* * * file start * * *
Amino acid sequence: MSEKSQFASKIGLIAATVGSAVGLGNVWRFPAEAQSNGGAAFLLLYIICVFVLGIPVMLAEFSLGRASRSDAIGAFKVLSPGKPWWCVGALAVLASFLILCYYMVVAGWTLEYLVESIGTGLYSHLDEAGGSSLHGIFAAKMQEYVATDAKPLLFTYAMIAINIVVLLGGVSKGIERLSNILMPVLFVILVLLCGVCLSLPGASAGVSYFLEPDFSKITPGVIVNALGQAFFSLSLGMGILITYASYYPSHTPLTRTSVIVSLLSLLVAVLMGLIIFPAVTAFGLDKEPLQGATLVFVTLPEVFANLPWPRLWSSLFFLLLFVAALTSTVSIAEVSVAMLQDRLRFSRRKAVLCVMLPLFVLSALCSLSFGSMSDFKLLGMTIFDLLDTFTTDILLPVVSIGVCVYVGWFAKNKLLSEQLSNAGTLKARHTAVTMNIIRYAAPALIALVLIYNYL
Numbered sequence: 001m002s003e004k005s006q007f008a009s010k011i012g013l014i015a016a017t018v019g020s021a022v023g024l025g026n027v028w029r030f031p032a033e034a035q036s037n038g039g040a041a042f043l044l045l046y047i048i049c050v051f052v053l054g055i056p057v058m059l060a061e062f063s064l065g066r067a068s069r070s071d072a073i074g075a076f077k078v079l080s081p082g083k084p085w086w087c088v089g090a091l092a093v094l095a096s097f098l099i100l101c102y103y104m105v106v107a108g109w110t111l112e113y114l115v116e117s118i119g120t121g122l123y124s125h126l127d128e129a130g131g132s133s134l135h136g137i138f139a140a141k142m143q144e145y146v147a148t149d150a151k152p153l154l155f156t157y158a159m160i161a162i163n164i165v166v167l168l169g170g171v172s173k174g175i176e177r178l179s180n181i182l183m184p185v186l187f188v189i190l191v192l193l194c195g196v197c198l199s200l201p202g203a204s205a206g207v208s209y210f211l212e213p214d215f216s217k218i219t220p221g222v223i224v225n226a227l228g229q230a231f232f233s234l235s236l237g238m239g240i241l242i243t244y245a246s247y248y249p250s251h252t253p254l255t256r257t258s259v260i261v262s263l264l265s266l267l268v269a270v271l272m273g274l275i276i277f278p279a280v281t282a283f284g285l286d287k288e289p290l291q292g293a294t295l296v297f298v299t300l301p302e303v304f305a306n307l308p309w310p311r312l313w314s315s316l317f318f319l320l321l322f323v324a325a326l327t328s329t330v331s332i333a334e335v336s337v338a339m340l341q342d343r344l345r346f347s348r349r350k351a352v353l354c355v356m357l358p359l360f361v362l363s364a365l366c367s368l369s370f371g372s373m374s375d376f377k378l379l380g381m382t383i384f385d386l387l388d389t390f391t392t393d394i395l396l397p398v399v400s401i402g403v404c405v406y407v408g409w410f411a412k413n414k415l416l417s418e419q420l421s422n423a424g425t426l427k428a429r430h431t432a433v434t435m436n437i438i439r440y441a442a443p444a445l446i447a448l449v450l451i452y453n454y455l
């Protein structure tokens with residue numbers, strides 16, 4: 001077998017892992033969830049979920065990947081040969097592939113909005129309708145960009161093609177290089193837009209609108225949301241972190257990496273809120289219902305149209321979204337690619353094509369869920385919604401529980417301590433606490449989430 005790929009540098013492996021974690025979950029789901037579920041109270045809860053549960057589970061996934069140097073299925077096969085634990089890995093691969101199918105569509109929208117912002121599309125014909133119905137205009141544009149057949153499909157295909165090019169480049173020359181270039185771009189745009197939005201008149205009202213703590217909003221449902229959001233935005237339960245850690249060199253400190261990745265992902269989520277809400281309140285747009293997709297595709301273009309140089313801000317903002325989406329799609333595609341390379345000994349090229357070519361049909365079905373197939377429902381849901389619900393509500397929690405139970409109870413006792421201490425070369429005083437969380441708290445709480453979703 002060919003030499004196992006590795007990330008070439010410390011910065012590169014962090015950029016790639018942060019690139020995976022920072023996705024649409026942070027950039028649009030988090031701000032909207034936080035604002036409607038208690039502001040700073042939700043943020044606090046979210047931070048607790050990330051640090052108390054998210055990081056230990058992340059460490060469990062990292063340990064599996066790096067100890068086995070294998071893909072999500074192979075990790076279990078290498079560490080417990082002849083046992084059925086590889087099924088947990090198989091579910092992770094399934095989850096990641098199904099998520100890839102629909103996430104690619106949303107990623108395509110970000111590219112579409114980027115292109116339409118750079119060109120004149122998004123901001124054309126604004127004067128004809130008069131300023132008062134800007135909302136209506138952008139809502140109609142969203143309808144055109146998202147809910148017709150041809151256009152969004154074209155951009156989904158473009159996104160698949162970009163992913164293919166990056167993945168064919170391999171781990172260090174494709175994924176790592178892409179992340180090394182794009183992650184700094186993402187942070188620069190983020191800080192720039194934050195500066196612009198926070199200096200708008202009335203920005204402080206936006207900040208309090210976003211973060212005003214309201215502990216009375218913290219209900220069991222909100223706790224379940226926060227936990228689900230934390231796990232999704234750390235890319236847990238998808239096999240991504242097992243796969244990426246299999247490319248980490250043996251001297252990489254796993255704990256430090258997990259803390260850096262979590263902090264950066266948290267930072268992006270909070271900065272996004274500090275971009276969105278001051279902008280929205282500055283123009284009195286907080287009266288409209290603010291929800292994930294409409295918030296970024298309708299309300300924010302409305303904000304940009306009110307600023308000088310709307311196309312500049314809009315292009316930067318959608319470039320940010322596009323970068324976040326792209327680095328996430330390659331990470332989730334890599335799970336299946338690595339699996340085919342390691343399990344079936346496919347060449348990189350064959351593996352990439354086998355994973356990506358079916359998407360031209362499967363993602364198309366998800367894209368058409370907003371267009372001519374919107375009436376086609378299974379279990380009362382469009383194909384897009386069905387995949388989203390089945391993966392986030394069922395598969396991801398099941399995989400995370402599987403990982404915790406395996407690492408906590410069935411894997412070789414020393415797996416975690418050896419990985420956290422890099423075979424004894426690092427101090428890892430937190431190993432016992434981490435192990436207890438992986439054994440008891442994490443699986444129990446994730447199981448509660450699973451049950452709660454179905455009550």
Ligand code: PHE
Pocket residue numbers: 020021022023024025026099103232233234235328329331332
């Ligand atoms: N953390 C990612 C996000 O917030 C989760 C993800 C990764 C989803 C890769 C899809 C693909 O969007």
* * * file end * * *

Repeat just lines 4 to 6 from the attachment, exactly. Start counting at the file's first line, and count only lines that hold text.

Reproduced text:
Ligand code: PHE
Pocket residue numbers: 020021022023024025026099103232233234235328329331332
């Ligand atoms: N953390 C990612 C996000 O917030 C989760 C993800 C990764 C989803 C890769 C899809 C693909 O969007």